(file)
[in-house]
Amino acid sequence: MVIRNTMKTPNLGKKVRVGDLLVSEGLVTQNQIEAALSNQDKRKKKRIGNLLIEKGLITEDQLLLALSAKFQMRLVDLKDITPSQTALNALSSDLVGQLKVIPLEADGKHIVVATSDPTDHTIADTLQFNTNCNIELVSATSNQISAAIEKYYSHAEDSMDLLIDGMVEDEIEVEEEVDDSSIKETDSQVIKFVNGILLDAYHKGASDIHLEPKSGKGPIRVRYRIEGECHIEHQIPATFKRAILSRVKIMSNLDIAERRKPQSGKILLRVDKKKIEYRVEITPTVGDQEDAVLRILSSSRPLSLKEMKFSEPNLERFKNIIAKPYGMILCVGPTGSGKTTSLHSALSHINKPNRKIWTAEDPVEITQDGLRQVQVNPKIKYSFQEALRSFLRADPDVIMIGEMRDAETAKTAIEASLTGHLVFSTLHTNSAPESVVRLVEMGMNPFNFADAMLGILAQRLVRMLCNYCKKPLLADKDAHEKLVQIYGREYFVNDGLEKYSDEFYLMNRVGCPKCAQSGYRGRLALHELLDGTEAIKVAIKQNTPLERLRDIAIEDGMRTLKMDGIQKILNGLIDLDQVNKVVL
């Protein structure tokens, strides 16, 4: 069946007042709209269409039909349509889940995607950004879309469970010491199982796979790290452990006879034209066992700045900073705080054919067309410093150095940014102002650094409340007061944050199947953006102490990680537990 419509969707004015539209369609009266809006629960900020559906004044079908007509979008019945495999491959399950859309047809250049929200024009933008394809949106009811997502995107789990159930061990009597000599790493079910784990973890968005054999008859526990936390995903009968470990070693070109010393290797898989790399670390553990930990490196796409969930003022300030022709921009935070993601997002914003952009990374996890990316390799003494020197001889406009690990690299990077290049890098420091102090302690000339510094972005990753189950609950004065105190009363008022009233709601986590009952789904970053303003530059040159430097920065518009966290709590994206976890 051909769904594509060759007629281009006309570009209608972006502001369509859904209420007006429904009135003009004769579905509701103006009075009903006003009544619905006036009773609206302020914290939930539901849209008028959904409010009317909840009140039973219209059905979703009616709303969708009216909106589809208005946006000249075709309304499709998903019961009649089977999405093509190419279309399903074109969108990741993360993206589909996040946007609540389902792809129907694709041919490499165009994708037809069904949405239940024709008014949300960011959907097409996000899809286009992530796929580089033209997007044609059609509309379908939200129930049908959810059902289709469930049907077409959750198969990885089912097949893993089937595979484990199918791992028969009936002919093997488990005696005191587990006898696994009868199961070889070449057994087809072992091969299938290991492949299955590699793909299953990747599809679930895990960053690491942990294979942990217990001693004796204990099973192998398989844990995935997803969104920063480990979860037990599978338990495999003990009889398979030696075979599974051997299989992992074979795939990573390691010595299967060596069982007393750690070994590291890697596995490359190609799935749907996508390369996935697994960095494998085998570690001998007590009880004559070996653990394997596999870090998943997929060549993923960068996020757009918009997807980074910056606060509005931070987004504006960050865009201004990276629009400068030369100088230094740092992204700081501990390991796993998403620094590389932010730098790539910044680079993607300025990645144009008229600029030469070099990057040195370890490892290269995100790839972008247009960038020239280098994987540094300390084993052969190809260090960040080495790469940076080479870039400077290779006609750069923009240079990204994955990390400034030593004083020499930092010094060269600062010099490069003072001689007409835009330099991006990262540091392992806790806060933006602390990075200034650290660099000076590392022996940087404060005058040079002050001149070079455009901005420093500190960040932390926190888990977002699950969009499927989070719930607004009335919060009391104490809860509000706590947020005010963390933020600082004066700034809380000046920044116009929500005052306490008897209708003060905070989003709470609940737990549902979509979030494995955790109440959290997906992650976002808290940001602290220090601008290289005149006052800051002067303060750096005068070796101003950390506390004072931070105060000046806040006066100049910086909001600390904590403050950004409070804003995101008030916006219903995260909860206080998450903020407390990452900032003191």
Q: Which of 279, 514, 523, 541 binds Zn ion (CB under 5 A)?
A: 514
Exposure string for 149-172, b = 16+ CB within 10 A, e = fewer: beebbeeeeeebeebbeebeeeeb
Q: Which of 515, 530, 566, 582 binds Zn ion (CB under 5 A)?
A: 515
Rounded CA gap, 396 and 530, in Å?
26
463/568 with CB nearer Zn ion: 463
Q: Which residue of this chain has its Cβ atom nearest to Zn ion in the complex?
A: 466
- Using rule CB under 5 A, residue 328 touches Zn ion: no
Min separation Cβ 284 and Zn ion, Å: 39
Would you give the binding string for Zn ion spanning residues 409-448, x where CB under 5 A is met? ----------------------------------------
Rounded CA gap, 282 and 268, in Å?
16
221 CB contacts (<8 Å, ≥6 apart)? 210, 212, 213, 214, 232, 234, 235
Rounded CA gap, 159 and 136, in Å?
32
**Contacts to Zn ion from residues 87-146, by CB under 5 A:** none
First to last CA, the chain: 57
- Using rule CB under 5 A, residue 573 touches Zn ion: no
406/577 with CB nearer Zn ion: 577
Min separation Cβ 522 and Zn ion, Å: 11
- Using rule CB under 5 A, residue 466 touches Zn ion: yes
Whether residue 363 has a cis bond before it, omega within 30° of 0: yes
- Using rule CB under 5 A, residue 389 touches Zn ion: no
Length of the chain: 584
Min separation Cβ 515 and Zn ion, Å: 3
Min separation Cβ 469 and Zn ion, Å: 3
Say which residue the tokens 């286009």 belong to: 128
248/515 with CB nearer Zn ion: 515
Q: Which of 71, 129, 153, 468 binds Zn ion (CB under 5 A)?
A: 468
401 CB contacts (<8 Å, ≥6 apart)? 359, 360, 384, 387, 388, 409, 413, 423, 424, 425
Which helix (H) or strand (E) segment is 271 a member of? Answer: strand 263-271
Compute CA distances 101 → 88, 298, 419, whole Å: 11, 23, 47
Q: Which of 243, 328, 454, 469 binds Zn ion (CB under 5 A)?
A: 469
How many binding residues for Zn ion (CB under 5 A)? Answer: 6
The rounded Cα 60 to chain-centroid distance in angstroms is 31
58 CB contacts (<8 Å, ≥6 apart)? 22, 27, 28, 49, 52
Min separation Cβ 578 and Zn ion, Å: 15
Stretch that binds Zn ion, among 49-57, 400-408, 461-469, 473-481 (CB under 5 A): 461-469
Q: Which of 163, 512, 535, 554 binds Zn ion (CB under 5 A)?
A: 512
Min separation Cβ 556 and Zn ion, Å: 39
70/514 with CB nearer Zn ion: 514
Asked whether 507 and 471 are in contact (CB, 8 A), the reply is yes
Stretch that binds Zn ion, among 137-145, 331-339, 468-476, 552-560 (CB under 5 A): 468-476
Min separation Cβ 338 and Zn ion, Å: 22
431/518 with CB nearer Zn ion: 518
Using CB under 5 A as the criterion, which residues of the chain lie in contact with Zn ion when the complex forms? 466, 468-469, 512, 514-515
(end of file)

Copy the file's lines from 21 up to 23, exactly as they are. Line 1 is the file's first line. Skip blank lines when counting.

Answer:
32
**Contacts to Zn ion from residues 87-146, by CB under 5 A:** none
First to last CA, the chain: 57